I had passed a year or two in active practice, learning to think under my father’s supervision, (receiving thought from others and thinking for ourselves are very different things,) when I came suddenly into contact with what I regarded as the most gigantic humbug of the day — Homoeopathy.
It was in this manner : I was called out one cold winter night to a fine, plump little boy, suffering with the worst form of membranous croup. I gave him an emetic : he grew worse. I put him in a hot bath : he became hoarser and hoarser. I repeated the emetic and the bath, with no beneficial result. His difficulty of breathing became frightful. He then sank into a stupid state, with hot head and dilated pupils. I became alarmed. I saw that unless a speedy change could be induced, death was inevitable. I determined to bleed him, to relieve his congested brain, and then trust his fate to broken doses of calomel.
When I announced my sanguinary intention, the poor mother burst into a violent paroxysm of weeping, mingled with exclamations that her child should never be bled. I remonstrated ; I explained the case— I entreated ; but all to no purpose. She exclaimed wildly, clasping the little fellow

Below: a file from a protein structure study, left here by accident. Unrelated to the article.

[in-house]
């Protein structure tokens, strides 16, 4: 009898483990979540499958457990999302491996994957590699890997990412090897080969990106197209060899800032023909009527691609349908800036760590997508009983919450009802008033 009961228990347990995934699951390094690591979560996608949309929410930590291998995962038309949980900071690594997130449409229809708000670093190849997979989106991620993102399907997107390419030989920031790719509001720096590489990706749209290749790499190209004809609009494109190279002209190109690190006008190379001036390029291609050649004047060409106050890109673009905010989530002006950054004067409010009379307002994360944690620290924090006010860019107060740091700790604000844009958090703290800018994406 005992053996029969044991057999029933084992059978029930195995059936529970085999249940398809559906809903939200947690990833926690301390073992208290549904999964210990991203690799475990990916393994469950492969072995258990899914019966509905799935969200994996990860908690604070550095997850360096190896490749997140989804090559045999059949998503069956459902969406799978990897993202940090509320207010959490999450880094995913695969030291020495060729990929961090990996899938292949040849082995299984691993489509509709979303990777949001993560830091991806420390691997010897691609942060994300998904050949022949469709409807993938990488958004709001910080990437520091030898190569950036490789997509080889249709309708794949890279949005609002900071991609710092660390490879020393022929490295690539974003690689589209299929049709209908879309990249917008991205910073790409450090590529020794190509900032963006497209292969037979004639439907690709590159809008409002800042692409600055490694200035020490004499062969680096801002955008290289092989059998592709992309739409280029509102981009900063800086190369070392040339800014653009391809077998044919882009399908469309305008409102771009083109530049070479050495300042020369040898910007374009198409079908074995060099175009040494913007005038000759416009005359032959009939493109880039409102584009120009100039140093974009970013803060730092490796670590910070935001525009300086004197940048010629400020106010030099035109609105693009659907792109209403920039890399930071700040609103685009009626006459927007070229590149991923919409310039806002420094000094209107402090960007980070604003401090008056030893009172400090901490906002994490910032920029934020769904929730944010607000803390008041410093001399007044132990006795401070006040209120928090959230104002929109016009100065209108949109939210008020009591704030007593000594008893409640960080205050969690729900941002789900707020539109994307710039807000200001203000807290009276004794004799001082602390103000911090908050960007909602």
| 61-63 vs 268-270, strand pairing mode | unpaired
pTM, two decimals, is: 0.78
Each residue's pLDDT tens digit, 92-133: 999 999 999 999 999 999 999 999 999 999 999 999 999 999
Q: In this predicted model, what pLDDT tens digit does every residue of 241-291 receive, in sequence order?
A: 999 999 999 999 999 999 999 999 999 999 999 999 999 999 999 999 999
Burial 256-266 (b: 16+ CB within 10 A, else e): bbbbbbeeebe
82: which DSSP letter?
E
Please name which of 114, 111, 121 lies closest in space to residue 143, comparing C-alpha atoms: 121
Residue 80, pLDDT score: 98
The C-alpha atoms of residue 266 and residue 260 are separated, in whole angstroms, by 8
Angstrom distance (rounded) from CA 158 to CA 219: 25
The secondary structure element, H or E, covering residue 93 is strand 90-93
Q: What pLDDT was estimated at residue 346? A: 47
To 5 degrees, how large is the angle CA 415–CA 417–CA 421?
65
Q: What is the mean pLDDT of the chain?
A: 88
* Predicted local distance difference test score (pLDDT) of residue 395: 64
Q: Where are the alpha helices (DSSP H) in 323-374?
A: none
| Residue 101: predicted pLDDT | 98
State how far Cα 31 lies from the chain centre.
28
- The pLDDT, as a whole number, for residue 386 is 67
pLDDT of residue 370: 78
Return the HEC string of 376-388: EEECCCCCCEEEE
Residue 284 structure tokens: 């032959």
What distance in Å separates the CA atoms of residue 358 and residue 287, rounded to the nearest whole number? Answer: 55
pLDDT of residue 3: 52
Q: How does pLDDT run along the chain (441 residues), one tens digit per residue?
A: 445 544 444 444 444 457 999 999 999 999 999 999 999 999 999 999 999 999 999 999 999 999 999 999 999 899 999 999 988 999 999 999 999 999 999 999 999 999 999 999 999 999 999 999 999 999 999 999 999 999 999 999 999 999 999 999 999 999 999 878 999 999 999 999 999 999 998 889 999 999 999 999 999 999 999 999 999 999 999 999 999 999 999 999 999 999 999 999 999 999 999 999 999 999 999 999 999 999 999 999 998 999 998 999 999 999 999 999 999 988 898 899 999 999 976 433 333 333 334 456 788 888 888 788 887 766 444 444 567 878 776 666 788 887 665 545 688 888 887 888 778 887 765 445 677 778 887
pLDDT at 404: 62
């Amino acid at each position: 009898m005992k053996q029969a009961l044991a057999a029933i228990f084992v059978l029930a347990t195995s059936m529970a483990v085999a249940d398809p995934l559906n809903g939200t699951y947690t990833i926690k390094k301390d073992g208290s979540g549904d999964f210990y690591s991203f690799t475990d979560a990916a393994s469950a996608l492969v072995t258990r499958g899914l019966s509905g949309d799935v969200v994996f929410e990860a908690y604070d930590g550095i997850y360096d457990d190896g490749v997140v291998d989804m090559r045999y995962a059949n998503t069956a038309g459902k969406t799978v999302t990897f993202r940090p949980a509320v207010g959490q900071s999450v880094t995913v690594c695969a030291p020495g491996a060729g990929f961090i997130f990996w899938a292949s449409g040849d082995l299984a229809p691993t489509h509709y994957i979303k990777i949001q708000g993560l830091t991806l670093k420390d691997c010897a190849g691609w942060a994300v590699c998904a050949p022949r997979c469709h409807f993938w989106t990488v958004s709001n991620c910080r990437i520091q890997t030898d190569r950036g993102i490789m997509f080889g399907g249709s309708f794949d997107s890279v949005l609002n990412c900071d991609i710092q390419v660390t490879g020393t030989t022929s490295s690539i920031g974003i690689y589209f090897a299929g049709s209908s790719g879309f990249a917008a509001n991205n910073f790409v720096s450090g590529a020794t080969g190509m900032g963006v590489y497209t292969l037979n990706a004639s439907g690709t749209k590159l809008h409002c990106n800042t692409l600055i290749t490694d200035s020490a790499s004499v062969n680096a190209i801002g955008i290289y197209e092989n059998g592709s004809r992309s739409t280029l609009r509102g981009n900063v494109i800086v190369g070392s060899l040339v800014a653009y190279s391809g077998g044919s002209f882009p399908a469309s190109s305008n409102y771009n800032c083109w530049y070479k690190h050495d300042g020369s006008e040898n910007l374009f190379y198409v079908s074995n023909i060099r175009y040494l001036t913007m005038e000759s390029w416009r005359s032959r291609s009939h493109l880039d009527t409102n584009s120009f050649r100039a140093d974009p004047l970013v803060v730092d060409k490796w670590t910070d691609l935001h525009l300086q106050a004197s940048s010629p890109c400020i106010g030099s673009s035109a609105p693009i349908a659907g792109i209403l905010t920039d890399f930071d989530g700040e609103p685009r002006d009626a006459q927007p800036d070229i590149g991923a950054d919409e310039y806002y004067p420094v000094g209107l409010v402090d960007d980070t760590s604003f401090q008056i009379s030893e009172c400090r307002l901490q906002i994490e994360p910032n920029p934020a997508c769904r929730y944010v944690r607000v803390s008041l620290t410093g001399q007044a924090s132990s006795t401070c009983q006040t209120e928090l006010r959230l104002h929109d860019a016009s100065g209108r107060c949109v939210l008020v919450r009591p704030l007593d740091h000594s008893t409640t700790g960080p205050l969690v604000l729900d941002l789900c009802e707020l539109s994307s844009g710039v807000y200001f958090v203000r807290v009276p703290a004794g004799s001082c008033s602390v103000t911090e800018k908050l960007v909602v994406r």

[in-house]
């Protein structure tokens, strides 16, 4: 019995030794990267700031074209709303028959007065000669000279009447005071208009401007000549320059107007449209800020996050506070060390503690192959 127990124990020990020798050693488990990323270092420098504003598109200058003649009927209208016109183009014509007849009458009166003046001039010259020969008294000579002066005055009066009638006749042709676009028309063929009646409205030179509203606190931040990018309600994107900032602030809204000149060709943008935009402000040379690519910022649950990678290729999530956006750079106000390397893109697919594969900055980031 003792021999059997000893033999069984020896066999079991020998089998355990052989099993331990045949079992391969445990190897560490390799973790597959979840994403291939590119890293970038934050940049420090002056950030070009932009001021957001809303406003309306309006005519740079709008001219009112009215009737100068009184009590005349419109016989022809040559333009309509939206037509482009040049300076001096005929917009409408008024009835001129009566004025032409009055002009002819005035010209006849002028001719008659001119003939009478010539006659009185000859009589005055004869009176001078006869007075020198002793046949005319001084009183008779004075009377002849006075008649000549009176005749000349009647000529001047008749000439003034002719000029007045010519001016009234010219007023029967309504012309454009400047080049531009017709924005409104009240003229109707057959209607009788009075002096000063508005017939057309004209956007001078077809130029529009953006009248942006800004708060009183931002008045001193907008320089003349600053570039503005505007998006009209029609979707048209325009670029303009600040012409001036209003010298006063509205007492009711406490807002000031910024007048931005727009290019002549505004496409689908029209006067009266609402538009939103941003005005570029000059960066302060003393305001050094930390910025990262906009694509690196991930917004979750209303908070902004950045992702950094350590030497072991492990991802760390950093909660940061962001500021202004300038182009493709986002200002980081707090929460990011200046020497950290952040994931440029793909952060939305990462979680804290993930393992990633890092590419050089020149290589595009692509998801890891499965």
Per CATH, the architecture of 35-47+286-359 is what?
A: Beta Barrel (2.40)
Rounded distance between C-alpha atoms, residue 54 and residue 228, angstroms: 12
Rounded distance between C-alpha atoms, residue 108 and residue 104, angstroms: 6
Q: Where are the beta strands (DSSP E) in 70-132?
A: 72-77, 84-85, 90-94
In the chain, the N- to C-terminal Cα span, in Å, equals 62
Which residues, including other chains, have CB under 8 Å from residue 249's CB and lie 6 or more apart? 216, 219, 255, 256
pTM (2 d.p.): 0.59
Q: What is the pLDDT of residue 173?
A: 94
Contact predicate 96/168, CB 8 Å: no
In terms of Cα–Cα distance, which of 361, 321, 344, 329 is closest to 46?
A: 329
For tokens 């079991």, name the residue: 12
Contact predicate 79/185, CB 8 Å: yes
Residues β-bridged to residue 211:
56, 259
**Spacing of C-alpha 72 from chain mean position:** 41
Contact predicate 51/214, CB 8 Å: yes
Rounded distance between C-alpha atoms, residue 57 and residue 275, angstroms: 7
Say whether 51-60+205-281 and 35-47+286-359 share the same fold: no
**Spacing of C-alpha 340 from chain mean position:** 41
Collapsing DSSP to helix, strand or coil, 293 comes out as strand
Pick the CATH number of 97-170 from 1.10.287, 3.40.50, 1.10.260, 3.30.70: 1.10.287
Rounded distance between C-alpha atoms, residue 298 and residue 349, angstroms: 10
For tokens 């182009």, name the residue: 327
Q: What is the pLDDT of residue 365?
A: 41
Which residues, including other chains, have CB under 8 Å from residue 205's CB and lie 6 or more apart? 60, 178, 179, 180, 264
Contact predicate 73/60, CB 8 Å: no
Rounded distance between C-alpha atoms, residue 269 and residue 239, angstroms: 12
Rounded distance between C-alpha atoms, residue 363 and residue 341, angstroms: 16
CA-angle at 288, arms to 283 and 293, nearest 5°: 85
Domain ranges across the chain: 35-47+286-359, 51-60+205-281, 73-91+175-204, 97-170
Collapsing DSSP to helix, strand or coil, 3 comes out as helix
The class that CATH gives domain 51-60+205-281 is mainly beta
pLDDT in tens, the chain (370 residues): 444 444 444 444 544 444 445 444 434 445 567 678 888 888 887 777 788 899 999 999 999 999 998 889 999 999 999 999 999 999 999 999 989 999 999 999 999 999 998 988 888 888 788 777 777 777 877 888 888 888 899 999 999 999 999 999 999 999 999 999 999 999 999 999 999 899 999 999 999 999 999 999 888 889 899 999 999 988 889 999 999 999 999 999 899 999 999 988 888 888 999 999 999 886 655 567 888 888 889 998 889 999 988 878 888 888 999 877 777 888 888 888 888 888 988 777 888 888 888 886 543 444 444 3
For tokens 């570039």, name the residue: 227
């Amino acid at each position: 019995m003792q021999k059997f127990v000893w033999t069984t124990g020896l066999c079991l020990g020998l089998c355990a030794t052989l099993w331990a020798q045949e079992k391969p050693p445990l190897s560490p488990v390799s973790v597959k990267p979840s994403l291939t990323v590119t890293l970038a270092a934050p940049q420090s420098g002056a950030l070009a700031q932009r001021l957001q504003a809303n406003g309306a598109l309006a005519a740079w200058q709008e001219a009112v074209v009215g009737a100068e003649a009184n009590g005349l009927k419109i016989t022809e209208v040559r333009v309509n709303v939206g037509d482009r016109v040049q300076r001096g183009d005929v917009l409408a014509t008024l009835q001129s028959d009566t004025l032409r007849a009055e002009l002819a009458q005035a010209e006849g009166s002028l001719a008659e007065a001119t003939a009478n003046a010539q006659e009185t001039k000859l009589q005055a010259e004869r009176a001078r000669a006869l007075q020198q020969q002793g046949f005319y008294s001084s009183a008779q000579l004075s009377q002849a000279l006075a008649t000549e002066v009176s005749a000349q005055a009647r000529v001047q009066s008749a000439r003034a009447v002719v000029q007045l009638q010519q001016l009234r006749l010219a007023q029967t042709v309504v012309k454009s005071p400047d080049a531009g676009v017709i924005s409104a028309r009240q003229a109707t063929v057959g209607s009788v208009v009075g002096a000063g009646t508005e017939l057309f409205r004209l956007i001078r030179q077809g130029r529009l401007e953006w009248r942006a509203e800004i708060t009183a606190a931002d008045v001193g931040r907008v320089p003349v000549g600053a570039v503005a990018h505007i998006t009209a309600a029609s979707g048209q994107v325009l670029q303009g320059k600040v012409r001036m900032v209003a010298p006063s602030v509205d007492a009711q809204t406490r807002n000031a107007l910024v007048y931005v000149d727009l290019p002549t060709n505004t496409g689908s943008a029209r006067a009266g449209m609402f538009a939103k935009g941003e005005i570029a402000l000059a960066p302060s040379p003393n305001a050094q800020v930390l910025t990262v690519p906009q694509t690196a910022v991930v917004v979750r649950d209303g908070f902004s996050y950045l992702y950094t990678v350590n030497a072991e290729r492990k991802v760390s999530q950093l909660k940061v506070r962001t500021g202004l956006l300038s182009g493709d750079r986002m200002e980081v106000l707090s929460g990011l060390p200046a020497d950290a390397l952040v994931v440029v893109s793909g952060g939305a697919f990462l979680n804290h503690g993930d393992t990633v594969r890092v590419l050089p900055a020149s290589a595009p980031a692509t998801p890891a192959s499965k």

to her heart, ” The blood is the life— it shall not be taken away ! ” The husband took me into another room, and told me that his wife had once been insane, after the death of a child, and was confined for months in a lunatic asylum, lie said he dare not thwart her will in so important and
delicate a matter— that the child must not be bled. He urged me to do something else — to do anything to save his child; but that I must not, should not bleed it. I explained to him, candidly, and with some display of professional dignity, that my opinion was worth more than his or his wife’s; that there was no hope for his child but in blood- letting and calomel, and that I would not retain the responsibility of a case in which I was not permitted to dictate the treatment. The upshot of it was that I was dismissed not at all sorry that I had escaped the charge of a death which I deemed inevitable. The angel of Life must have clapped his hands for joy as I receded from the door.
The next day I expected to hear of the death of my little patient, but no such rumor reached my ear. The morning after I looked in the daily papers for a general invitation to his funeral, but no obituary was to be found.